@MyKitchenTable: Monday, June 22, 2020
John F. Kennedy said, “Those who make peaceful revolution impossible will make violent revolution inevitable.”
Al Jones, respected and former business editor of the Kalamazoo Gazette and now Project Editor for On the Ground Kalamazoo wrote THIS thoughtful piece entitled “Some boys hear more than others about our threatening world.” It is certainly worth reading and was forwarded to me by a good friend over the weekend.
St. Joseph County, Michigan is reporting a 54% increase in COVID cases over the last week. On June 12, there had been 163 total known cases in the county, and Friday they ended with 197. Their county health officer was quoted, “Folks, we are losing to this virus right now. There are several things that you can do to help. Wear a mask when you are out in the public and insist that your family members do as well. Do not congregate in groups…” These are common sense instructions that we all need to follow.
For those faithful readers, you will have followed the Kitchen Table news since mid-April about a home testing device that is making its way through the approval process. As part of the $310B Paycheck Protection Program (PPP) legislation signed by the president in April, we included $1.8B for the NIH to establish a “shark tank” to consider and hopefully approve private sector initiatives for home testing devices. This particular Michigan entity shared with me their presentation of a device about the size of a cell phone with a cavity to test saliva or blood (like a finger prick) that then can analyze whether three different antibodies are being produced within 2-3 days of being exposed to COVID-19. This is so important as otherwise symptoms like fever and cough do not occur until 10-14 days after being exposed. The test, which is completed in about 10 minutes, costs less than $10 and can be synced to a smart phone that then allows the individual to share with their employer, restaurant (table for four?) friends, work space etc., that all is well. Bottom line, Friday night I received the call that this entity is now a finalist as they have proven to the NIH that it works. They now have a month to prove they can produce and sell it in order to obtain final approval for the marketplace. For all of us to really emerge from this pandemic, the testing, therapeutics, and vaccine have to come to be. This is really wonderful news on one of those three imperatives. I will keep you posted.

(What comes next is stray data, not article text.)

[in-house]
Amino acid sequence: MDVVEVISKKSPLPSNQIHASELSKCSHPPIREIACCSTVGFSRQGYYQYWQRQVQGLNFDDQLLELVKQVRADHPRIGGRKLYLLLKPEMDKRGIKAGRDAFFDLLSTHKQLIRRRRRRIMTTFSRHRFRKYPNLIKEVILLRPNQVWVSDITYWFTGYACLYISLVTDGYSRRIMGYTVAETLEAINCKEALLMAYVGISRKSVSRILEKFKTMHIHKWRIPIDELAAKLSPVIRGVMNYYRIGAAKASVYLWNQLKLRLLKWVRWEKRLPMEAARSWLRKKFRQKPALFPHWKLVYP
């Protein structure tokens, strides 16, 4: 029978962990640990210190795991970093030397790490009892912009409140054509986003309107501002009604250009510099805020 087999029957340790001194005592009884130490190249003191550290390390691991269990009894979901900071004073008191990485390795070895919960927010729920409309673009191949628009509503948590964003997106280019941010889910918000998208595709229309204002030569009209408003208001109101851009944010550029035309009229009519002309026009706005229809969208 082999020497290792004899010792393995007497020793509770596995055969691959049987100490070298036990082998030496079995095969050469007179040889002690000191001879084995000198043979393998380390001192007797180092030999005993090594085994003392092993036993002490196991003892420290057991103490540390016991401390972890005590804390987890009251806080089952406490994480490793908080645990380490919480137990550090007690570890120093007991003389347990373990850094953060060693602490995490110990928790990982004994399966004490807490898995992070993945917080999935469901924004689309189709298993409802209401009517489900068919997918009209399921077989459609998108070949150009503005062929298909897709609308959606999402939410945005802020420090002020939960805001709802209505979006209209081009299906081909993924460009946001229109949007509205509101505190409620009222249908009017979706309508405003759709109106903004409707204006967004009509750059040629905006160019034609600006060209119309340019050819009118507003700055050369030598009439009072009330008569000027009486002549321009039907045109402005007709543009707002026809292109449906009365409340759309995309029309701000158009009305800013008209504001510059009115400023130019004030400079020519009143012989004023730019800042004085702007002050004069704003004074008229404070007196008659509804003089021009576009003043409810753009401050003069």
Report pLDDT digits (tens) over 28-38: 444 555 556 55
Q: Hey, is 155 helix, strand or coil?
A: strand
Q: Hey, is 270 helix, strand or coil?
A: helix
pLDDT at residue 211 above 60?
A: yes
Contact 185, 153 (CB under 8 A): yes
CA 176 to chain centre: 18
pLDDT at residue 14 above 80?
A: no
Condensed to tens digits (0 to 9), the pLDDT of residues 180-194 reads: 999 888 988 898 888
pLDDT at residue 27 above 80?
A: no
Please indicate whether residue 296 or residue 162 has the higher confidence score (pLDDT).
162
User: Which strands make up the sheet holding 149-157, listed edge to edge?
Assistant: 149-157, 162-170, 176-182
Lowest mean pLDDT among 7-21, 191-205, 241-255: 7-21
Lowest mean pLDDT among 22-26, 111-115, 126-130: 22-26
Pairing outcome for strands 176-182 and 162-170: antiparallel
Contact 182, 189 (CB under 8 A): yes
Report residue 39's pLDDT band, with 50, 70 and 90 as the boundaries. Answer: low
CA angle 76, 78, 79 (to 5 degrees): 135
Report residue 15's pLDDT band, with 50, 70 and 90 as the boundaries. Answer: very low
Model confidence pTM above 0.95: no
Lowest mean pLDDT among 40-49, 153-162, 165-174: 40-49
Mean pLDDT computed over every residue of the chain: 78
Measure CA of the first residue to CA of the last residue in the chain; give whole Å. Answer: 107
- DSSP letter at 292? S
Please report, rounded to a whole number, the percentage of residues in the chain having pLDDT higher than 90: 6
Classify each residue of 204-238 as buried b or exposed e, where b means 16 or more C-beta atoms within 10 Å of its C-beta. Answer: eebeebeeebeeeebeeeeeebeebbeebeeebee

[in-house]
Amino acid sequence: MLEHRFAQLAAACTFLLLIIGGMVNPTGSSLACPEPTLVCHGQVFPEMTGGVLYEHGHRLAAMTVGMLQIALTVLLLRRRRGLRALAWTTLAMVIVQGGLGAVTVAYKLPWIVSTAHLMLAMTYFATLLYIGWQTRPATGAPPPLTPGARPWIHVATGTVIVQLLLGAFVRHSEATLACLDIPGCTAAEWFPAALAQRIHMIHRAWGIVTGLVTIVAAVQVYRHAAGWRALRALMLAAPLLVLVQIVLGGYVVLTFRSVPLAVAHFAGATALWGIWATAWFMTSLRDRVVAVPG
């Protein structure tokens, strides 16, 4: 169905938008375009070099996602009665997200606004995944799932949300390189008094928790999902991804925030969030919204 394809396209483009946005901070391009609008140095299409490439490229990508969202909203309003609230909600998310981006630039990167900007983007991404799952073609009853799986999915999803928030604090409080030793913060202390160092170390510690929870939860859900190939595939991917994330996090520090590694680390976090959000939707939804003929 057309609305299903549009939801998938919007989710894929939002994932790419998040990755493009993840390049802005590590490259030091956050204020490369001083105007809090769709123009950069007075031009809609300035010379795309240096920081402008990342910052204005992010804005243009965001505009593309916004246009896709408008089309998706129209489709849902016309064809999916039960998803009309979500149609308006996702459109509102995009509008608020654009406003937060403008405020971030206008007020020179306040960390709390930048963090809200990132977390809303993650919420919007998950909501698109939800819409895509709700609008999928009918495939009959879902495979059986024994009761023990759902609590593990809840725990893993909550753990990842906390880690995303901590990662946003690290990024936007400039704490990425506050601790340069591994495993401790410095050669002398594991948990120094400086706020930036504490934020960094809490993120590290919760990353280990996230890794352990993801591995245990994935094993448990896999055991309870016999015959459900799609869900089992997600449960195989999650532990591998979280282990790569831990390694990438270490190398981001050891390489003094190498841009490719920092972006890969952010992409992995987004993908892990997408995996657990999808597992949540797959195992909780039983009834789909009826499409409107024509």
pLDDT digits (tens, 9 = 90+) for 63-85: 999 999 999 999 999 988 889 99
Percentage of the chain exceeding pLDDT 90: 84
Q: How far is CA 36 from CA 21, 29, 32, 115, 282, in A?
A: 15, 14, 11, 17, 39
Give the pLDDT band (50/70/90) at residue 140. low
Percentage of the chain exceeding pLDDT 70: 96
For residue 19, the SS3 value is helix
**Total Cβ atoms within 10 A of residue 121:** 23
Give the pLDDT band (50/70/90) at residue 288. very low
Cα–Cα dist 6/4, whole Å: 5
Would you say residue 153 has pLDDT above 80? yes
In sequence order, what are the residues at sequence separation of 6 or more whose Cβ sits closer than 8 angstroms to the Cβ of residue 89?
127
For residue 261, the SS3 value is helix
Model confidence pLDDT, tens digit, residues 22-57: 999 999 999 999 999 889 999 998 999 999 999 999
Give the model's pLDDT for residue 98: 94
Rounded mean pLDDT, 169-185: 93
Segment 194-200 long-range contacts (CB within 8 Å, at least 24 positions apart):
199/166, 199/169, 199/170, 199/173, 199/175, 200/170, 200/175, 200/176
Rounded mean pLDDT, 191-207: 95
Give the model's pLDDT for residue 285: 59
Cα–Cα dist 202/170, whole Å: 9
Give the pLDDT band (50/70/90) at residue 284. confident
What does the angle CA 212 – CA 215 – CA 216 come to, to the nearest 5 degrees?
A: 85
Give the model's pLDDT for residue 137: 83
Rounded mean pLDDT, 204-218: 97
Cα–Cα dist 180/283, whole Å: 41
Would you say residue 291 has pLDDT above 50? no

I participated in a Michigan Credit Union zoom call with other lawmakers to discuss federal lessees. As you might imagine, they are very interested in bipartisan legislation that I have helped initiate (and working with the Problem Solvers Caucus) that would automatically forgive loans less than $150K to employers once they simply verify that 60% was used for employee expenses (salary, insurance, etc). I am hoping we can get this to the president’s desk as early as next month and that it serves as a true lifeline to our small businesses. My staff and I worked extensively with our local credit unions and community bankers to smooth out the glitches with this new program, of which there is still about $100B unallocated.
I also participated in a lengthy zoom call with other community leaders and the President of Western Michigan University and his key team regarding eradicating institutional/societal racism and an update on their COVID response as they get ready for the Fall semester. Class size, masks, and e-learning were all part of the discussion as they have mastered the challenges before them. One, of course, is state funding. I still expect a bipartisan initiative to begin mid-July to help states like ours that can demonstrate loss of tax revenue with large amounts of COVID cases that will help states, cities, and counties with a fair formula based on real numbers. I am a cosponsor of the bipartisan SMART Act and will keep you all apprised. As one can imagine, I am hearing from our many school districts distraught that their usual budget deadline of June 30 will not be met with legitimate questions requiring answers prior to figuring out their budget path.
Today’s photo comes from Otsego, from this group of constituents’ last prayer time in their neighborhood. They have been praying together since March 23rd for five minutes at 5 PM every weekday outside on their curb. TY for sharing! And if you would like to submit a photo, please click HERE. “Stay strong. There’s a rainbow after every storm."
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If you would like to submit photos to share in these Kitchen Table updates of you social distancing, in your masks, working from home, and other photos of how you are keeping safe during the coronavirus pandemic, please click here.